One year ago, I had a very different view on the price of oil in the UK than I do today. In March 2020, the UK government had just imposed the first national lockdown, the world was coming to a standstill, and the price per barrel had dropped significantly, hitting a low of $9 USD. 

This drop in oil prices was obviously welcomed by consumers, particularly our customers who operate large fleets of vehicles. However, when you look at the bigger picture, it actually wasn’t positive news for the economy overall, which was reeling from the impact of the pandemic. A year on and we seem to have found some calm after the storm. This is because the price at the pump is now nether unsustainably low nor overpriced, with the price per barrel now standing at $66. That’s almost exactly the mid-point of the range of prices we have seen over the past 25 years, which range from $8 in 2000 to $140 in 2008.

The determining factors 

Oil price is influenced by how scarce the market believes oil to be and how much demand the market believes there is. Over the last year we saw China, one of the world’s biggest importers of oil, significantly reduce and then increase its demand. The country’s strict lockdown measures meant that consumers were not purchasing fuel which in turn flooded the market with excess product.  It was only when China started to get a grip on Covid that drivers could get back in their cars, driving the price to its previous position. 

Over the summer the US, another major fuel consumer but also a significant producer, was hit by an abnormally hot, wet summer. This led to natural disasters in oil-producing areas, slowing down extraction which in turn saw prices increase further, offsetting the lowering of prices caused by general decreased demand globally.

How a strong pound benefits drivers

Recently, the price per litre of wholesale fuel in the UK has been at the 95p per litre (ppl) mark, higher than the predicted 87ppl. Despite this, drivers are still getting a relatively good deal at the pump which can be attributed to the unexpectedly strong pound versus the dollar.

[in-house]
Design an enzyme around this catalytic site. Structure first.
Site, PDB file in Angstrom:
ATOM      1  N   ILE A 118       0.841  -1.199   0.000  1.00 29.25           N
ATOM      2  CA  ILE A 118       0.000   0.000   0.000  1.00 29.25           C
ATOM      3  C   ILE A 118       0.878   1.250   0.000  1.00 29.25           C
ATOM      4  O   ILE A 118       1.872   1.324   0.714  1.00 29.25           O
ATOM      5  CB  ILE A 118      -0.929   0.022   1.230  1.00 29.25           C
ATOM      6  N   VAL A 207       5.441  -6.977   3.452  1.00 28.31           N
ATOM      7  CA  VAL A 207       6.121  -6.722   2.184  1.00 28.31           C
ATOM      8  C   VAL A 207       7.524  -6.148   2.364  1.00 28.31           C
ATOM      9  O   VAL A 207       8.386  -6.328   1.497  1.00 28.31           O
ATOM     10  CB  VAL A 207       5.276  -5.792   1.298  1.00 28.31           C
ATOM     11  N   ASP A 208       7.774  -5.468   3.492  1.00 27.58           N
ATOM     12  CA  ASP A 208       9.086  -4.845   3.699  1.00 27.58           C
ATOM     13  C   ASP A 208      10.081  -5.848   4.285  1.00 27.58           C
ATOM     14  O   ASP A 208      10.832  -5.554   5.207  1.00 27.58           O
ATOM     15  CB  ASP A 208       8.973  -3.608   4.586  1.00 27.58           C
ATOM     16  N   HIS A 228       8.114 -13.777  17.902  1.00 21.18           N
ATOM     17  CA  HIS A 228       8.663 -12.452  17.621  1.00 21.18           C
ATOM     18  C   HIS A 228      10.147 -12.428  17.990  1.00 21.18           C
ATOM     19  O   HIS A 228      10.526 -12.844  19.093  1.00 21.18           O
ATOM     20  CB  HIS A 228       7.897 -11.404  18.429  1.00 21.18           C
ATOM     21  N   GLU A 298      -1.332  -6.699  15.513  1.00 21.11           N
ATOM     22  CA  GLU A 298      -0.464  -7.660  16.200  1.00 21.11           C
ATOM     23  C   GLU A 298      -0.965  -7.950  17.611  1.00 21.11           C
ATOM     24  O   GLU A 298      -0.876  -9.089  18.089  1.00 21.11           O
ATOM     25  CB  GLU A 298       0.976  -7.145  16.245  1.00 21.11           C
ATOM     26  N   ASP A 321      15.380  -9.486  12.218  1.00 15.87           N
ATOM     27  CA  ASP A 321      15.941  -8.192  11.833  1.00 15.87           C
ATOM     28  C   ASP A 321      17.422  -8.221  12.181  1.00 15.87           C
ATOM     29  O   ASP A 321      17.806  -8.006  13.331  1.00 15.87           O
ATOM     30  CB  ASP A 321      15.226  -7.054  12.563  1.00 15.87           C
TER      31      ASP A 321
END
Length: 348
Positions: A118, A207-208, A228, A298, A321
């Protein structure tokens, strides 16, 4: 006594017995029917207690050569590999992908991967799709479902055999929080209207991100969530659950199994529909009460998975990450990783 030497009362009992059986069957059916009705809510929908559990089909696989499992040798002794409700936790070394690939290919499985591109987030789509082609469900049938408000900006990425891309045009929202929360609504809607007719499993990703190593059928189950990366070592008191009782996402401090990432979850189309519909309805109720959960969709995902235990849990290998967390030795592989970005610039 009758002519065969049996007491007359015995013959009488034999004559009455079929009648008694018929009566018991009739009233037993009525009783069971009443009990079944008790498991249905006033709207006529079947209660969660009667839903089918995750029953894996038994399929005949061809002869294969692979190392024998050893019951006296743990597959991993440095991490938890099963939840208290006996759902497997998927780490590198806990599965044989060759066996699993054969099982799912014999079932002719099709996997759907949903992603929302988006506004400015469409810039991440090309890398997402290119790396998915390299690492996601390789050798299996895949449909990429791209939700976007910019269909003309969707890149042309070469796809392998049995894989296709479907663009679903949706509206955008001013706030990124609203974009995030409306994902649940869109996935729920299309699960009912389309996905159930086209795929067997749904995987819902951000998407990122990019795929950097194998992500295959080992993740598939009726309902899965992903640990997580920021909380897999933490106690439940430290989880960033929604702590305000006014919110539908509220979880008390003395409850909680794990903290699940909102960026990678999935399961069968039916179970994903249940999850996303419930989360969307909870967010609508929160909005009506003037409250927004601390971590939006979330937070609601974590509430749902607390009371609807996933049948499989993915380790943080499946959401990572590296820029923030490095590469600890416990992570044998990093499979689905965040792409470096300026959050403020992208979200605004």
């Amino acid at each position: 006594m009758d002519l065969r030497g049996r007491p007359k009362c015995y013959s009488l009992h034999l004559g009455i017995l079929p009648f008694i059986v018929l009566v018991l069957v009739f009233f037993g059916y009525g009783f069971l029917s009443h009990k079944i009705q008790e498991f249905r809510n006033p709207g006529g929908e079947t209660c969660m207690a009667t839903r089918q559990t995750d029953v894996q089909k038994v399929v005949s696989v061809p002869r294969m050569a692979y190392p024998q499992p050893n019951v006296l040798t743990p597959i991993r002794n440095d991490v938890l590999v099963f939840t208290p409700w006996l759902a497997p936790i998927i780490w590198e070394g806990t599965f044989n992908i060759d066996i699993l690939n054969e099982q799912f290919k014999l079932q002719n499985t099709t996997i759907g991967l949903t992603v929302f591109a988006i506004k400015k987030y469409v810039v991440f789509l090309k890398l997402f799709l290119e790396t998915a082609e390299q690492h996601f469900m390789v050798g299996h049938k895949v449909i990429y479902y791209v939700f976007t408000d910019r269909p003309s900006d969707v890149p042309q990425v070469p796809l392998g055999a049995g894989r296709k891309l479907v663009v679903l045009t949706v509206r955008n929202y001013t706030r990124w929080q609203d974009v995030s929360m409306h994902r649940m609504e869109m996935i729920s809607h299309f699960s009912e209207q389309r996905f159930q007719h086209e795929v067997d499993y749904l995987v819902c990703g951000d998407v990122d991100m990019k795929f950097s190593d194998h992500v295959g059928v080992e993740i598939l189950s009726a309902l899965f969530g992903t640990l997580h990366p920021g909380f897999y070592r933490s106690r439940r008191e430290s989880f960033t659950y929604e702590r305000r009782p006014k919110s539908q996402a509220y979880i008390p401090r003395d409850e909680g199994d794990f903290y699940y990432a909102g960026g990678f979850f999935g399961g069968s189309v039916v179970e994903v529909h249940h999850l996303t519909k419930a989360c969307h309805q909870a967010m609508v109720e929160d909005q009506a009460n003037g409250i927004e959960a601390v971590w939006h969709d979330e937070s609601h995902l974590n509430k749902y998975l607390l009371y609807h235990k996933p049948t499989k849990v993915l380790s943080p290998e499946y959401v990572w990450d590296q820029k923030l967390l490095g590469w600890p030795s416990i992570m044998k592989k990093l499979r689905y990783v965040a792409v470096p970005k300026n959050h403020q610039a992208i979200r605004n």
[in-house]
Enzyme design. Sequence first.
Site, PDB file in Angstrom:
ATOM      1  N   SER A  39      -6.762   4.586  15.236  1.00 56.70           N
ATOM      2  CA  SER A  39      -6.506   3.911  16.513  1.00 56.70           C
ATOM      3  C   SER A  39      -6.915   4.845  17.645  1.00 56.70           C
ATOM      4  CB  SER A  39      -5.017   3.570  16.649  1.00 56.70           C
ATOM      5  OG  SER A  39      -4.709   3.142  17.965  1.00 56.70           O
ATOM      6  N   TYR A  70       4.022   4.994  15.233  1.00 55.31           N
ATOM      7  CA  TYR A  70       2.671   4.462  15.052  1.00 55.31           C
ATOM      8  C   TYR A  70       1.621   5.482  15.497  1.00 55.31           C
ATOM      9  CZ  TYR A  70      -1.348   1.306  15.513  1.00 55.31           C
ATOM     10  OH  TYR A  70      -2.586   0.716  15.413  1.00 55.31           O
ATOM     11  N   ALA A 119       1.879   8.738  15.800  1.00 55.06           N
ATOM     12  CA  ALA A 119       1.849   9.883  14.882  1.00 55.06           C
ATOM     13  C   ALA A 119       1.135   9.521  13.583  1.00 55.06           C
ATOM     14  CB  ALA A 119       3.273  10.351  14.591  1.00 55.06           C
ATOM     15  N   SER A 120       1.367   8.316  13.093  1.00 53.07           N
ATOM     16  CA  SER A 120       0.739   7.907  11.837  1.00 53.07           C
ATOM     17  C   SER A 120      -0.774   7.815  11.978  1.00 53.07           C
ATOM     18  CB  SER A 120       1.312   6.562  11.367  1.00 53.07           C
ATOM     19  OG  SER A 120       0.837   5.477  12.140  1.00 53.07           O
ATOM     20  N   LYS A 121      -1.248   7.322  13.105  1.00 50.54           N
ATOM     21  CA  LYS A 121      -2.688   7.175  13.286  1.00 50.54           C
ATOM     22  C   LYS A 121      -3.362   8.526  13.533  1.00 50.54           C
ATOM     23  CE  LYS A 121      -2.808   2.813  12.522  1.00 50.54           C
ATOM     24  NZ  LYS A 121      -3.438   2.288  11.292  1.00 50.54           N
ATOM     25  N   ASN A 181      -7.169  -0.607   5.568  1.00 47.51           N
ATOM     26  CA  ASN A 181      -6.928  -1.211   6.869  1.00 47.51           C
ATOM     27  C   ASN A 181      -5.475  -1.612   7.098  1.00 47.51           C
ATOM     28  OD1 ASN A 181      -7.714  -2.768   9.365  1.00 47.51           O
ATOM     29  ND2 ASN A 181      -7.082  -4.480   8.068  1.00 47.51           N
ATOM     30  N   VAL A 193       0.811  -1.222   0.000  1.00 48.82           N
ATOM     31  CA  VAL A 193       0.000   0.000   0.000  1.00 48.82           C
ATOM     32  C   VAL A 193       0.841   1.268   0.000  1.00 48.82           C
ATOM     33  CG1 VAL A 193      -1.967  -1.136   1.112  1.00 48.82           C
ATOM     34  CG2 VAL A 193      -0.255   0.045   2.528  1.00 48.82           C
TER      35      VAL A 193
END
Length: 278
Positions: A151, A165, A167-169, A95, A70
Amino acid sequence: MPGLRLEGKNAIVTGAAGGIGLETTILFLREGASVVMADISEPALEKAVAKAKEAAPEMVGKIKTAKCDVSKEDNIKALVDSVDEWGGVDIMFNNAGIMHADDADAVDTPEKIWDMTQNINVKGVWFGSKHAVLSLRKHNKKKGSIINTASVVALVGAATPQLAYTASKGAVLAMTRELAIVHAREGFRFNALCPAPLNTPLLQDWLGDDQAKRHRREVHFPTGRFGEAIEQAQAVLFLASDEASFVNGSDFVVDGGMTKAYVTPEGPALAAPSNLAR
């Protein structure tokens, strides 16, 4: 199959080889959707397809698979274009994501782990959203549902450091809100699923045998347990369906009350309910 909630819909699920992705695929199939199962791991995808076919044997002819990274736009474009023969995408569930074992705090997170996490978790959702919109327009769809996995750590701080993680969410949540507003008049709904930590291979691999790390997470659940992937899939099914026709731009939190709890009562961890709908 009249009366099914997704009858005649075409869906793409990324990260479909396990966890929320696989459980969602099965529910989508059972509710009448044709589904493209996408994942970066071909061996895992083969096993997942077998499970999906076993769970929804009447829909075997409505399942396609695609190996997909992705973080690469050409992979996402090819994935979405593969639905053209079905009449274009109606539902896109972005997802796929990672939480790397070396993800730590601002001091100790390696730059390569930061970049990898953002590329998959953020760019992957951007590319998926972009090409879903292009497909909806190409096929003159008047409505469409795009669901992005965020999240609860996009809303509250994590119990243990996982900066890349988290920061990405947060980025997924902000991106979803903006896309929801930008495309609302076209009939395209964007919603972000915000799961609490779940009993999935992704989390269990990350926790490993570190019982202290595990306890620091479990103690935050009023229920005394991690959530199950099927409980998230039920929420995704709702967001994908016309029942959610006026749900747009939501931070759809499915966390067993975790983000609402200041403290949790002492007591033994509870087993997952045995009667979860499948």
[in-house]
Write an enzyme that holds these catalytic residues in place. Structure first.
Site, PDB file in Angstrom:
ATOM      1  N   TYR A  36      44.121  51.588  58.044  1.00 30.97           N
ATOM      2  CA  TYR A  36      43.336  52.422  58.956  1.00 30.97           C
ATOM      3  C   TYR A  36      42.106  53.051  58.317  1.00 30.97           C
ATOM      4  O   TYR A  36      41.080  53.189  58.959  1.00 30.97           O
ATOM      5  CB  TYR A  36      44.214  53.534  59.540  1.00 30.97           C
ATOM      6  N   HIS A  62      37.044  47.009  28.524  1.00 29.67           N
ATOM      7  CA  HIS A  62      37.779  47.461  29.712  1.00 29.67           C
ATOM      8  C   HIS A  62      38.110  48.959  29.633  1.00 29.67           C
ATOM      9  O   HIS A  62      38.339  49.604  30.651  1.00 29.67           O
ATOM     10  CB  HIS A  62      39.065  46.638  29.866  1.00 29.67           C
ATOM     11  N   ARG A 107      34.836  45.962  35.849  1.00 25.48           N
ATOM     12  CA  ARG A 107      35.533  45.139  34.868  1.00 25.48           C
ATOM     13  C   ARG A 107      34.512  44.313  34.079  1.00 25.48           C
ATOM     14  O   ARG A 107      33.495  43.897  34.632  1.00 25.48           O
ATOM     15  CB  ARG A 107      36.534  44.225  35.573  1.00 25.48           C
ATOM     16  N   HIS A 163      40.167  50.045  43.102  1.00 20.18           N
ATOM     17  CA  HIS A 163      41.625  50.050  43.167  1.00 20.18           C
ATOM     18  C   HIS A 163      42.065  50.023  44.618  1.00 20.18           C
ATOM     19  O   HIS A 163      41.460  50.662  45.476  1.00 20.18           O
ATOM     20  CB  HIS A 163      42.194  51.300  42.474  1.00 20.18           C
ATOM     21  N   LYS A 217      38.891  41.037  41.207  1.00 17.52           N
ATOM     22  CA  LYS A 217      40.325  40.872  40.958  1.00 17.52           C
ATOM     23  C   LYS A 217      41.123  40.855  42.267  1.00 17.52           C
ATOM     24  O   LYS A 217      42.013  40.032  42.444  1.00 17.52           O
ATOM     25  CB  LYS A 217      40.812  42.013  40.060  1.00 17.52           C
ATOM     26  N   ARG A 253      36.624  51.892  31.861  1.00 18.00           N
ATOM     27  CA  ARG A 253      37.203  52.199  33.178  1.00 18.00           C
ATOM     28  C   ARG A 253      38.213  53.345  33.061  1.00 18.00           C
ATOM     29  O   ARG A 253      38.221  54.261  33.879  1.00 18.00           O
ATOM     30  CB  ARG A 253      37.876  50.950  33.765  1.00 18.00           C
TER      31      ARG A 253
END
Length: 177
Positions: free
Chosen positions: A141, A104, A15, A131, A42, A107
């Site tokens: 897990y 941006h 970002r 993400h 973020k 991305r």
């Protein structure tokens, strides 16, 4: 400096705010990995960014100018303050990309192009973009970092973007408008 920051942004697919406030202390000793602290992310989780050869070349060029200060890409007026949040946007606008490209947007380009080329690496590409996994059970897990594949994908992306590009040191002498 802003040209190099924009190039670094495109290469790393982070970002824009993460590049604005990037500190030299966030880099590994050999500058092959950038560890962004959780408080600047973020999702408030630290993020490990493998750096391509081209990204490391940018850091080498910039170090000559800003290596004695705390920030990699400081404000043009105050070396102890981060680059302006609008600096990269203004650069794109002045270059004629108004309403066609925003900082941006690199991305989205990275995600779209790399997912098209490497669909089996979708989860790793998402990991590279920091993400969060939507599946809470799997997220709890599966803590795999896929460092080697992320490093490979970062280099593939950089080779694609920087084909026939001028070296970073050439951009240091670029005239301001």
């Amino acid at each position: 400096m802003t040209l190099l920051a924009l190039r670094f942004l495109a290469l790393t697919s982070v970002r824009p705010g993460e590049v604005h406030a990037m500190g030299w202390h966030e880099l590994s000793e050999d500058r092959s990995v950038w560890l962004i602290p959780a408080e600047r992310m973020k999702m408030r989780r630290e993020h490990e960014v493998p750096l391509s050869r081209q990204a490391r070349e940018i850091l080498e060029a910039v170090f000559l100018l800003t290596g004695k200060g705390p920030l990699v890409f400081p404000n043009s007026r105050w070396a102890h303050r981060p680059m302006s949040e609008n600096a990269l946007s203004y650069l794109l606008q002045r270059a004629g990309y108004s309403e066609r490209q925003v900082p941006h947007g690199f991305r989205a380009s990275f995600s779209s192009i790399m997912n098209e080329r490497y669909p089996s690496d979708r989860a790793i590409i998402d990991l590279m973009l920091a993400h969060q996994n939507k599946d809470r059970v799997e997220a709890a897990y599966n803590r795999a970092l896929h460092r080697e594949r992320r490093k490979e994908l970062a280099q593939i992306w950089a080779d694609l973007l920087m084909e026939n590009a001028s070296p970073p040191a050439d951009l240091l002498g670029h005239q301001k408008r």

Optimism about the Covid-19 vaccine, returning to a relative normal post-lockdown, and Brexit becoming normalised are the key to this. The outbreak of COVID coincided with the UK leaving the European Union, but now that we are at the tail end of the pandemic and Brexit is becoming a fact of life, the financial turbulence is calming. 

In 2020, the pound was at an all-time low against the dollar of $1.16, whereas today it is $1.40. Since fuel consumers are buying a commodity priced in dollars with a strong pound they can get more for less, lowering prices. Although the price decrease isn’t as dramatic, it does add up at the pump, particularly when you are paying for fuel for a large fleet.

What fuel costs to expect in 2021

Without the pound being as strong as it is, fuel providers would be paying £1.02 per litre. How does that factor in to what your fleet will be paying at the forecourt?

Fuel prices are made up of the wholesale cost of the fuel, the margin that the retailer adds to this (typically 8-10p per litre) and VAT, though businesses can typically claim this back. Retail margins and VAT are not likely to change, so the only thing that will affect what you pay for fuel will be the price of oil itself. 

Oil prices are predicted to remain stable for the time being, perhaps dropping a small amount. With fuel duty frozen for another year, there are only really two factors that could cause the price you pay at the pump to rise: the pound weakening or oil prices surging. So, provided that things stay much as they are there does not seem to be any reason why the price at the pump won’t be stable for the foreseeable future.

Paul Holland is MD for UK fuel at Fleetcor